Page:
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51 of 54 people found the following review helpful By Amanda Cullum on July 7, 2008
Format: Hardcover
Before Green Gables by Budge Wilson

I have to admit, this is a book I secretly half-longed for and publicly dreaded (in book club, that is). Let's face it, L.M. Montgomery and Anne Shirley are icons. As much as I wanted to know what happened to Anne before she showed up at the Bright River station, if Montgomery couldn't do it, I was content just to let my imagination do the work. Unfortunately, not everyone felt that way, hence the new book, a prequel to Anne of Green Gables. Don't get me wrong, the book's not all bad, but to accurately assess it, we'll have to take it in two parts.
First of all, the story itself. We first meet Walter and Bertha Shirley, newly weds- poor but happy. They ooze contentment. Soon Anne arrives and the contentment deepens. Her mother adores and pets her, but never regains her strength from the birth. Fever sweeps through the village and it isn't long before Anne is an orphan. She moves to the Thomas household where we hope she'll at least feel some love for the sake of her dead mother, whom Mrs. Thomas worked for and adored. We soon learn that this is too much to hope for and before her fifth birthday, Anne is pressed into service. This is the single longest sojourn of Anne's life and it quickly becomes tedious. There are those who provide Anne with little rays of sunshine, but for the most part, her life is one of drudgery and exhaustion. And it goes on for 200 pages.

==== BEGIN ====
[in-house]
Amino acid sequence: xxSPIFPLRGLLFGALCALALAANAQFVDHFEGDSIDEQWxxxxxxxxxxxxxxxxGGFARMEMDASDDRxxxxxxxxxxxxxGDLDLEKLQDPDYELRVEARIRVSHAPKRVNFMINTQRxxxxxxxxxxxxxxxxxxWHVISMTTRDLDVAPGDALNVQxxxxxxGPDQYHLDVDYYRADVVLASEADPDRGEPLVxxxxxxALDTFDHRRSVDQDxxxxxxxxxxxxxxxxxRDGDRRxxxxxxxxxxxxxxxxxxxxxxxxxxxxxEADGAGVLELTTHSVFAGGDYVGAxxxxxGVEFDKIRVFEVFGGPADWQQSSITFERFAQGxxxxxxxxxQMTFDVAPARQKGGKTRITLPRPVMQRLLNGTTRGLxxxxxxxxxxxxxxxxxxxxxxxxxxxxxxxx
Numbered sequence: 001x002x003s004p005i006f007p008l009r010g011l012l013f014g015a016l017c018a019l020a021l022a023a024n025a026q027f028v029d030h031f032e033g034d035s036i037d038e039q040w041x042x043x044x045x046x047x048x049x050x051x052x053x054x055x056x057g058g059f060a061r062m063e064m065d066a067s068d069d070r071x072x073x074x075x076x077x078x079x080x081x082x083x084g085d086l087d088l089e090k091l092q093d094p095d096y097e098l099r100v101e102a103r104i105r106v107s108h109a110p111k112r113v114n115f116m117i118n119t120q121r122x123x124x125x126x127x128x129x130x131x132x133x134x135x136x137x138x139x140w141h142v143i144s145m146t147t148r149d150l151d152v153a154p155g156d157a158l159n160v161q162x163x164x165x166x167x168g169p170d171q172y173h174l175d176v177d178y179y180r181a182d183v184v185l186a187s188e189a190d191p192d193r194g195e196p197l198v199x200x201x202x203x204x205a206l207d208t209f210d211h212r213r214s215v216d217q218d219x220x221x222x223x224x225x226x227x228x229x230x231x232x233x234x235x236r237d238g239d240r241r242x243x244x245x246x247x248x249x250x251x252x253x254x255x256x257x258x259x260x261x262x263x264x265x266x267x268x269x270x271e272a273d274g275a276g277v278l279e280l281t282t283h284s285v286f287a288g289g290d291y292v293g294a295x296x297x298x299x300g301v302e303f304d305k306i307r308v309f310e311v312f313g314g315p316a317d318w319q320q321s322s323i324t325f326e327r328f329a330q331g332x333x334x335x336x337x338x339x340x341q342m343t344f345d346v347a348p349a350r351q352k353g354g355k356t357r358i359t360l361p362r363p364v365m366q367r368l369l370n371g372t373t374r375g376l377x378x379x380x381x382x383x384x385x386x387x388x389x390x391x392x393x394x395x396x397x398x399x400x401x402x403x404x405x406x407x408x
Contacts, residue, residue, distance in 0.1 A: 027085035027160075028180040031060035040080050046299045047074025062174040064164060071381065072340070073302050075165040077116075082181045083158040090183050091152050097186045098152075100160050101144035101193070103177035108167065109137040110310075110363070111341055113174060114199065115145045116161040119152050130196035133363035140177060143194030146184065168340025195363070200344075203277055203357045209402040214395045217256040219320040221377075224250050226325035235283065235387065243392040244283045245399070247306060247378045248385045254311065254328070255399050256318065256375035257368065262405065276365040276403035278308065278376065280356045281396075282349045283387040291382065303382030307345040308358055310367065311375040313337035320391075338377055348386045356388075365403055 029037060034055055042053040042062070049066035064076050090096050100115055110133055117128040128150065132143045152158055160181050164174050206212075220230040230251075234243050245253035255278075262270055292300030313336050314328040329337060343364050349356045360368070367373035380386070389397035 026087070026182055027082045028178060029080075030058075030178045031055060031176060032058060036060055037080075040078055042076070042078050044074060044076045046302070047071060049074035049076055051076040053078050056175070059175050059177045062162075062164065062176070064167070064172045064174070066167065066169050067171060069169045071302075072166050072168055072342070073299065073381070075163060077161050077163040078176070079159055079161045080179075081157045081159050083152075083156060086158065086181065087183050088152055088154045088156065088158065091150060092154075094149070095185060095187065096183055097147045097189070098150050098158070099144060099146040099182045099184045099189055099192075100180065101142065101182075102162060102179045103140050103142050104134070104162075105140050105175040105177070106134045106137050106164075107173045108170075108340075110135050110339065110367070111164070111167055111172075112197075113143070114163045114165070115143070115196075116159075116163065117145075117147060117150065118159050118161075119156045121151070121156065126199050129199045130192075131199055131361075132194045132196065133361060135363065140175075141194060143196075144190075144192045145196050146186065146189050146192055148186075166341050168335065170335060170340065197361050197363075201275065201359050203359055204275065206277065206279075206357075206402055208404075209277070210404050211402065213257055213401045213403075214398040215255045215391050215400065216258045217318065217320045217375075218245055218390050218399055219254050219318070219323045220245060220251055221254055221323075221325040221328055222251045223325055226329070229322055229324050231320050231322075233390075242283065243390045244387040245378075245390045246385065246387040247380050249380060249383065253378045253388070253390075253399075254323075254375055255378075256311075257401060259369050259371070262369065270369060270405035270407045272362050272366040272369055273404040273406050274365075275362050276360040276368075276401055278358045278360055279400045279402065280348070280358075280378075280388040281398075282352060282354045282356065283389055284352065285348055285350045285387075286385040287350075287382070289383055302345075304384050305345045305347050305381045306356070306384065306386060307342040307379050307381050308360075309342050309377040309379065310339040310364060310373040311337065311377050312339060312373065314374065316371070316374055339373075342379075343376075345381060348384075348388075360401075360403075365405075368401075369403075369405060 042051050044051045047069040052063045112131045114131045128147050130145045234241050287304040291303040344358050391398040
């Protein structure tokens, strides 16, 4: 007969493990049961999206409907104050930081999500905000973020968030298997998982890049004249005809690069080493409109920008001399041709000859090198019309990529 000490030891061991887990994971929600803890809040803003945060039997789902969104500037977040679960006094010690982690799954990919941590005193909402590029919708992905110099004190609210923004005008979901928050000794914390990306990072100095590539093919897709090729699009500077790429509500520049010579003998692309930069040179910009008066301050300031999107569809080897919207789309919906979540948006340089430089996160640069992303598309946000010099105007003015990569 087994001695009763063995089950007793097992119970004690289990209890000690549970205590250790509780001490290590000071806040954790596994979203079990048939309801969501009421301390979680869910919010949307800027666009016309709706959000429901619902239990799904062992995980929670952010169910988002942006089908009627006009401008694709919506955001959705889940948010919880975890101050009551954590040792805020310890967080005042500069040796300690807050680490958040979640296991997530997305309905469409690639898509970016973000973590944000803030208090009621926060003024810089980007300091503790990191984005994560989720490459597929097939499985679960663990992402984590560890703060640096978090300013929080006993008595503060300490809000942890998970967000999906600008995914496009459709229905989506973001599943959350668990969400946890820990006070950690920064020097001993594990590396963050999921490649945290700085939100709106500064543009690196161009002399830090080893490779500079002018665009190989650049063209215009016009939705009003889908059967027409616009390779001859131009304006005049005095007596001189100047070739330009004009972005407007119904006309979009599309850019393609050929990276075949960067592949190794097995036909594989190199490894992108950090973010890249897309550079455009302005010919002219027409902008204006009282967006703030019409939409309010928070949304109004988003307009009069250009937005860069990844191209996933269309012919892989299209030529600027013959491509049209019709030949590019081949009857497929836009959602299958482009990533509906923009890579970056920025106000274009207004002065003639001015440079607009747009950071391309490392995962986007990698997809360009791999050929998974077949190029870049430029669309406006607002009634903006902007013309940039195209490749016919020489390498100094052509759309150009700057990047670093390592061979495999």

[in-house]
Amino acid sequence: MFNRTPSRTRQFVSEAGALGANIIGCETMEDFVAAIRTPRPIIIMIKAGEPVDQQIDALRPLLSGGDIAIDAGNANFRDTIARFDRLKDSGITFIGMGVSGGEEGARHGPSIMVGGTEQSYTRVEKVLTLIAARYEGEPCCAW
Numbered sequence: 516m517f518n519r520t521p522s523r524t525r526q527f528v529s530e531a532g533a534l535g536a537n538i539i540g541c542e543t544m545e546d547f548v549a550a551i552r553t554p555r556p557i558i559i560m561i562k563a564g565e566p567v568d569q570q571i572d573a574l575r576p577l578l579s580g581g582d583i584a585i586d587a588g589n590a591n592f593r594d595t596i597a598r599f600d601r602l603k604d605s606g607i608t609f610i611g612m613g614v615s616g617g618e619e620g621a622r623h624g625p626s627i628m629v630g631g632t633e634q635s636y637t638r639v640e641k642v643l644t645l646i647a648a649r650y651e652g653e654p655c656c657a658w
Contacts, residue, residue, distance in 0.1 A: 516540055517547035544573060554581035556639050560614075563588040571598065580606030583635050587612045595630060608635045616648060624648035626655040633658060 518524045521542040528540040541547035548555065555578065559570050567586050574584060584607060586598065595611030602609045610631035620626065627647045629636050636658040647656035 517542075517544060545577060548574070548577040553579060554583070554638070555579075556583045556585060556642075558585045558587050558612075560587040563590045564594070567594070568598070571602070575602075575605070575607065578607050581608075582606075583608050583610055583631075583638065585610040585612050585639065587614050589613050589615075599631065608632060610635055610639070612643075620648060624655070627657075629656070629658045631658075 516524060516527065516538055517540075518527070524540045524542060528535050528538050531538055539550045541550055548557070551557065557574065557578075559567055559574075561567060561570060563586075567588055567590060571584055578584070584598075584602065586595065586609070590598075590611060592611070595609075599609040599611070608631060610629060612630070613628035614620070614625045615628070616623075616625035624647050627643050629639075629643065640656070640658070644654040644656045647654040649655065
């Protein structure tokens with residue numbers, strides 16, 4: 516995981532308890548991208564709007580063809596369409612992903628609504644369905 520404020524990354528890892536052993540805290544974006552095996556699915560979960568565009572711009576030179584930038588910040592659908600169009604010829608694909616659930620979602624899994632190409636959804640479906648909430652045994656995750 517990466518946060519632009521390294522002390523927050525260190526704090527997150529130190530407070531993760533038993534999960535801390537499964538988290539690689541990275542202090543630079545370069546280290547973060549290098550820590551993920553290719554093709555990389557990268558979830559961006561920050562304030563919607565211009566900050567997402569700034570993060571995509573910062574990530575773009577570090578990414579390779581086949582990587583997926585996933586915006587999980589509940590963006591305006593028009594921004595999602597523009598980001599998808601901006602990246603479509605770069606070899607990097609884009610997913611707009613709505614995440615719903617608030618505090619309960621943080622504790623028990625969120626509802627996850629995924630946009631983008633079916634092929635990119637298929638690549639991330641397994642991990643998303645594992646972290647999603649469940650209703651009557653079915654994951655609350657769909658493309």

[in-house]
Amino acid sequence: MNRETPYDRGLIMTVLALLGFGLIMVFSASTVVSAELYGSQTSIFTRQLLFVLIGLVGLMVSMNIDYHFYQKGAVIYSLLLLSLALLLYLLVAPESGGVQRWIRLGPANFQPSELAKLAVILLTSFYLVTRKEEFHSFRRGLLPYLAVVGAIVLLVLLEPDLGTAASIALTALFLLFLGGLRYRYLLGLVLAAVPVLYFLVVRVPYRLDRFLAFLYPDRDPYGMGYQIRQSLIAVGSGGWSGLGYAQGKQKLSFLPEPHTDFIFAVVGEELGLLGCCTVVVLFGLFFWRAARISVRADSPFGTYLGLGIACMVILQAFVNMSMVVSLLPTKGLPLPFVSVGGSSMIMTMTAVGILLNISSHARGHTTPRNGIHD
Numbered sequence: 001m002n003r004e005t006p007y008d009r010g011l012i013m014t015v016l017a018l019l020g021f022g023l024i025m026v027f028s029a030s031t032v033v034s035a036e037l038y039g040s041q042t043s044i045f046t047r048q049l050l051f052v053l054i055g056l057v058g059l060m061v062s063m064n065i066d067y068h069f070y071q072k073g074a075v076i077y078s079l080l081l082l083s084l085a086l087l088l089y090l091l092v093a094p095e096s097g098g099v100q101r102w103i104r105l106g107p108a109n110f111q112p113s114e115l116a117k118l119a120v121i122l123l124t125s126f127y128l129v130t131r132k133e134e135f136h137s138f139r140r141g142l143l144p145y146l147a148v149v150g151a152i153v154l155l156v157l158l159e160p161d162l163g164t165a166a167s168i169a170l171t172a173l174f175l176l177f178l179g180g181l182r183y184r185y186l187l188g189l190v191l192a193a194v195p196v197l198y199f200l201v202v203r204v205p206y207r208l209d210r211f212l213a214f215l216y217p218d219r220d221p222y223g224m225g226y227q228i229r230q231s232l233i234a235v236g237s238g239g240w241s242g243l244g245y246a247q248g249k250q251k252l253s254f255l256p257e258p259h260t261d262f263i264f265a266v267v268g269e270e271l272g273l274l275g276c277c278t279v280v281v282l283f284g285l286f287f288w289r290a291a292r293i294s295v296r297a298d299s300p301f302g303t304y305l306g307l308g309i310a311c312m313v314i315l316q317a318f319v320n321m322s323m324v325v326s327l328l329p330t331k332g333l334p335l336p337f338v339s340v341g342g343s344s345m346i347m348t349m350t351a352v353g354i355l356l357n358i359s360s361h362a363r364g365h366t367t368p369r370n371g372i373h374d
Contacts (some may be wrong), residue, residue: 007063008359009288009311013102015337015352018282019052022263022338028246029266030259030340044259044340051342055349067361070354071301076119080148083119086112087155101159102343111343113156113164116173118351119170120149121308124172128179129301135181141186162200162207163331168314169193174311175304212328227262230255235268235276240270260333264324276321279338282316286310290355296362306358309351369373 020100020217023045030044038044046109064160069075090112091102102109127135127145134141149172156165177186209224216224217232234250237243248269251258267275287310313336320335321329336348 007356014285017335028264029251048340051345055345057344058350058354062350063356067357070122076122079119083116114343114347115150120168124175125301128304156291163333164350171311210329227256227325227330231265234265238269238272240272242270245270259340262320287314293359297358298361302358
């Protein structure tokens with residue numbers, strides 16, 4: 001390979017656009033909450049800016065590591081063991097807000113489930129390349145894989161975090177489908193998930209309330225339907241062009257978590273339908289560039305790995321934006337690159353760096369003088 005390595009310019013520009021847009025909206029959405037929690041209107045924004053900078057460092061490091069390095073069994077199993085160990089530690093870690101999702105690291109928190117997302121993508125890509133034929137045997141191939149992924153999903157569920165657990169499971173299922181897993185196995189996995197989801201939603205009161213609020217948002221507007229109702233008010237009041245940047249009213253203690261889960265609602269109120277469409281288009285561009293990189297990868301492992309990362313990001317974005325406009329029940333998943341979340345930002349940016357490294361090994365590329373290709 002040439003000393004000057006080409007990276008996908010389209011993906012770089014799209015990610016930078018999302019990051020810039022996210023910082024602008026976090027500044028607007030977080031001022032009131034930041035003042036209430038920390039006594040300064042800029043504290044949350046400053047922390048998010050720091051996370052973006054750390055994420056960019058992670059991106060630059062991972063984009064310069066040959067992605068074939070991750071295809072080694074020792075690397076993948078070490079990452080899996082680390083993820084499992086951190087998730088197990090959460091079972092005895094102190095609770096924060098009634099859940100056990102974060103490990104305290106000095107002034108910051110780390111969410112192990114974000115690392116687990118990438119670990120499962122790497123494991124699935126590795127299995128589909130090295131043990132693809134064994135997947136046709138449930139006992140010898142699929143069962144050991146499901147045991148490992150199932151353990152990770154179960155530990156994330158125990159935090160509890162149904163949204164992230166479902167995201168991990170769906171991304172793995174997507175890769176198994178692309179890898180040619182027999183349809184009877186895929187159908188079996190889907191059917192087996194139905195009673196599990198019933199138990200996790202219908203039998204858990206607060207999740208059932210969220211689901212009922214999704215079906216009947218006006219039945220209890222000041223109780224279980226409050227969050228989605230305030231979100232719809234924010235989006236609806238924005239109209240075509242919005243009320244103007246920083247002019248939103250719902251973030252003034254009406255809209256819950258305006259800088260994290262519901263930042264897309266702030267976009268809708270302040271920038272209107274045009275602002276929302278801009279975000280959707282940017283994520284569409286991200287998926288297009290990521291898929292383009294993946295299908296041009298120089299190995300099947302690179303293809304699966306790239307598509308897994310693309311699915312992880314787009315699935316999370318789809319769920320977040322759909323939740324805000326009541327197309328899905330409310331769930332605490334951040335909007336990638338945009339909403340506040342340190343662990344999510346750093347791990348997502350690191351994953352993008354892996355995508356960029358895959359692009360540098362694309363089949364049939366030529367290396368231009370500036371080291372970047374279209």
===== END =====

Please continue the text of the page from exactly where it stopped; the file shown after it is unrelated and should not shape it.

After Mr. Thomas' untimely demise, Anne is sent to live with the Hammond family. Anne's hopes are again dashed when she learns that she is not to be anything more than a hired hand. We also see Mrs. Hammond's postnatal depression and how her whole family is sucked into it.
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19 of 21 people found the following review helpful By Jack B. Harmon on March 3, 2008
Format: Hardcover Verified Purchase
Since I am an octogenarian and male, every one wonders how in the world I ever got myself mixed up with this Anne business anyway. I got myself into this Anne business purely by accident. I have considered myself fairly well read in the male type authors such as Michael Crichen, Tom Clancy, Mark Twain, Jack London, etc.,etc.,
I just happened to see a movie of Anne of Green Gables. That set me off into an entirely different direction. After going through all of the eight books of the Anne series in just a few weeks (Including a couple of other L.M. Montgomery books,) I just happened on the preguel, 'Before Green Gables' by Budge Wilson.
Since no one but the original author can ever write a book exactually how it's supposed to be written, I think that Budge Wilson did a most outstanding and wonderful job with all of the research that she had done to write the book that comes very close on how Montgomery might just have written it.
Of course, she put in great detail on how Anne's parents died when she was just months old. Then taken in by the neighbors to be first raised and then be used as a virtual slave by the mother of the very disfunctional family where no love just discord is shown - all of her trials and tribulations - a lost childhood in a very disfunctional family where Anne was treated with no love - where she had to creat her own little world using all of her imagination in order to just keep herself sane. Then she is transfered over to another family almost as bad.